I hope to do good for both professions as a DC/MD. However, I do not believe I would have undertaken this journey if it were not for the glaring discrimination against the chiropractic profession. For any DC contemplating a return to the classroom, I believe you will find that your prior training will serve you well and assist greatly in plodding through this process. Later, you may find that your ideals and philosophy will need to be placed aside to complete residency (do not expect medicine to adhere to anything other than an evidence-based, disease-based paradigm). Still, a medical degree will confer more freedom and access to many more patients. The price can be a large one: failed relationships for some, loss of one's own sense of well-being, exhaustion, melancholia, times of shear desperation (see Nova’s the Doctors' Diaries) but in the end you can transmute all the hardship into good by transforming yourself into a truly unique physician possessing a sui generis set of much needed skills coupled to a philosophy encompassing both health paradigms of disease-based and wellness-centered care. It is a rewarding but arduous undertaking; know well what you are getting into before you start. I have often stated that "this [medical school/residency] was either the wisest or the stupidest thing I have ever done". The onus is now on me to make it work. Best to all of you.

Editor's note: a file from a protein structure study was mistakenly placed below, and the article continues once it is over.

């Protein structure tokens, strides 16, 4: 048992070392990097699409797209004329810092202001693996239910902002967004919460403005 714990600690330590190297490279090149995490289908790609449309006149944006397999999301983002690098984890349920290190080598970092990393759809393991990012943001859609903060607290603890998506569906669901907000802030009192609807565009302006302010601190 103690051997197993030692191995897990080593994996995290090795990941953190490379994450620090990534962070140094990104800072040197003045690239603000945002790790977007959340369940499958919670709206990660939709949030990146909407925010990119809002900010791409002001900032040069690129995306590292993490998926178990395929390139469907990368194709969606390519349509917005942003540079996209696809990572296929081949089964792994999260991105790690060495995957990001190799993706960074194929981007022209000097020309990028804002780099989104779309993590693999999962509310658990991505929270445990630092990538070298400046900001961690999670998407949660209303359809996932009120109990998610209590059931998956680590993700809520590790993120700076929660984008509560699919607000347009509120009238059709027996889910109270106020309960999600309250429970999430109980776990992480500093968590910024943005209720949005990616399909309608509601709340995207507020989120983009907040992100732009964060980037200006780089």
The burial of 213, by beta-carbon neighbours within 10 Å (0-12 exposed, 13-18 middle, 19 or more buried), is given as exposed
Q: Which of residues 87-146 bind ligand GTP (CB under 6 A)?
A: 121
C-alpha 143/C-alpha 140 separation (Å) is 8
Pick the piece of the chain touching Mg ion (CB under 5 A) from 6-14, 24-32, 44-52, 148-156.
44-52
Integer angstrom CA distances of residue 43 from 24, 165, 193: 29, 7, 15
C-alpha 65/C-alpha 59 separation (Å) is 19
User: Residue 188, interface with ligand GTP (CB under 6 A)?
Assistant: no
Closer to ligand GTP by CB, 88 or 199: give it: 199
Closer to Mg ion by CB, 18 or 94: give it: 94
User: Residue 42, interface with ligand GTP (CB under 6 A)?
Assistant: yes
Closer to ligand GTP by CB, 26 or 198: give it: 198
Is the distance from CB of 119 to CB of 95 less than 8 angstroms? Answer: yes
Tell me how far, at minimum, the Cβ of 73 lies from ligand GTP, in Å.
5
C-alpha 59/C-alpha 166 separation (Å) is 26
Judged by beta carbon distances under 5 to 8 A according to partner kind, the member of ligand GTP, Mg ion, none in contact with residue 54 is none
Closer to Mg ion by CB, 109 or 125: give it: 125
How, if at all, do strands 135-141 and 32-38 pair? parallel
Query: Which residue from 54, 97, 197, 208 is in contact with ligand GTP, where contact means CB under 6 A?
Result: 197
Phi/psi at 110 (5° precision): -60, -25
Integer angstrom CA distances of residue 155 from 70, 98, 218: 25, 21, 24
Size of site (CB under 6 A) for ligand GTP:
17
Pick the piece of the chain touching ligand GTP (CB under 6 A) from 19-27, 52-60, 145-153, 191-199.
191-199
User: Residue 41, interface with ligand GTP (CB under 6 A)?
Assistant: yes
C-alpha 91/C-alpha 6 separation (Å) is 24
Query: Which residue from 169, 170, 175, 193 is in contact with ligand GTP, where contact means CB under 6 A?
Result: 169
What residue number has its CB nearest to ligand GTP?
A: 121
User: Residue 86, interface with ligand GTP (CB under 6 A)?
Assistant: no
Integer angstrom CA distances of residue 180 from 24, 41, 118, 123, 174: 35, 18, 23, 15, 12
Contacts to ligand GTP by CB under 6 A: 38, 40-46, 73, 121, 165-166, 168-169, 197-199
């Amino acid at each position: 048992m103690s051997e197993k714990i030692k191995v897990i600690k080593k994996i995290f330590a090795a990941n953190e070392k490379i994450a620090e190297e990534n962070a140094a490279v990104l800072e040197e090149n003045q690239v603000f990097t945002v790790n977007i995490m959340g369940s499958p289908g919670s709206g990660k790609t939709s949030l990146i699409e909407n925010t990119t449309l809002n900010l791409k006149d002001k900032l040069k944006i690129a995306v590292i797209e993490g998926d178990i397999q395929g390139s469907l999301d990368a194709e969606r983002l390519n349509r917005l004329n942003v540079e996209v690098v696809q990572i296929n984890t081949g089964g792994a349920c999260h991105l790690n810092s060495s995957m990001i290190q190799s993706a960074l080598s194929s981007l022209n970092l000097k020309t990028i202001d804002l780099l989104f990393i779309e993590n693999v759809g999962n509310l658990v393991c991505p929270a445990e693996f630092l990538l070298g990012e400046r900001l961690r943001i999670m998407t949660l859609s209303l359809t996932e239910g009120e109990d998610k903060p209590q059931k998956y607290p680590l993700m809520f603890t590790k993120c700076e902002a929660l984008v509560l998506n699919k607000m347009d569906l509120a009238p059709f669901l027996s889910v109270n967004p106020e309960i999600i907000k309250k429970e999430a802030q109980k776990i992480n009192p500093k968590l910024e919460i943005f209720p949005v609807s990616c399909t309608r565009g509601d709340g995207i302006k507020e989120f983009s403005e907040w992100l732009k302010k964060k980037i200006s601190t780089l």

Addendum: As it has been a few years from my original post, I wanted to offer some insight pertaining to my recent experiences as an attending physician in family medicine within a large hospital corporation and describe where I am at now. First, my opinion as to the current state of medicine is that it is imploding. The emphasis on "conveyor belt" medicine where you need to "get 'em in and get 'em out" is rampant, it also creates a great amount of dissatisfaction, burnout, and angst amongst physicians. I likened the experience, for those old enough to recall, to Lucy and Ethel in the chocolate factory. Essentially, I was seeing patients every 15 minutes while frenetically typing into a computer. Emphasis was, predominantly, on physician productivity and patient satisfaction ratings with little on actual patient care. This focus is, in my opinion, the main reason why so many physicians, like lemmings going over a cliff, are looking to get out of the profession. For those who have seen the documentary, "Escape Fire - the fight to rescue American healthcare," I can fully empathize with the primary care doctor who was featured in the film, and with her utter dissatisfaction with the system. I was working late into the nights completing notes, spending little time on myself, and was growing very, very weary. While I developed a strong patient following, demands from some patients, particularly, as pertains to prescribing "controlled substances" were more than excessive, and became utterly draining. While I strove to never cut corners or give any patient short shrift, I felt hollow to the core at times. Such feelings, I believe are becoming ubiquitous amongst medical students, residents and physicians. I often reminisce on the statements offered by some more seasoned physicians that "medicine used to be fun;" well, with the advent of medicine as is now practiced, I can see why they feel that way. Dr. Pamela Wible has written extensively on this crisis in medicine as it impacts doctors themselves. Her article "Physician Suicide 101: Secrets, Lies & Solutions" should be a must read for medical students, residents and physicians - it's a harrowing account of the status of our healthcare system as impacts the psyche and morale of doctors, and it needs to change - soon. According to Dr. Wible, nearly 400 doctors, residents and medical students commit suicide per year, and that number is growing. Couple this dissatisfaction and angst as pertains to the unrelenting mandates placed on doctors along with the onerous requirements, demands and expense of maintaining medical board certification through the MOC process and the entire scenario becomes even more incendiary for physicians. Doctors are forfeiting medical board certification status because they cannot comply with the burdensome MOC and recertification requirements - and are suffering all the more for it. I encourage those who are interested to review the AAPS efforts in their lawsuit against ABMS claiming the MOC process imposes restraint of trade, limits patients' access to physicians, while bringing tens of millions of dollars into coffers of the ABMS. Also, I recommend investigating the alternative medical board certification organization, NBPAS, which is the brain child of Dr. Paul Teirstein, MD, Chief of Cardiology, Scripps Clinic, La Jolla, CA. The NBPAS was borne out the frustration of physicians to maintain their board certification status through the current MOC process. Rather, the NBPAS ensures continued board certification and continued excellence in patient care based on CME and lifelong learning without the overt time and financial exploits inherent to the present MOC system.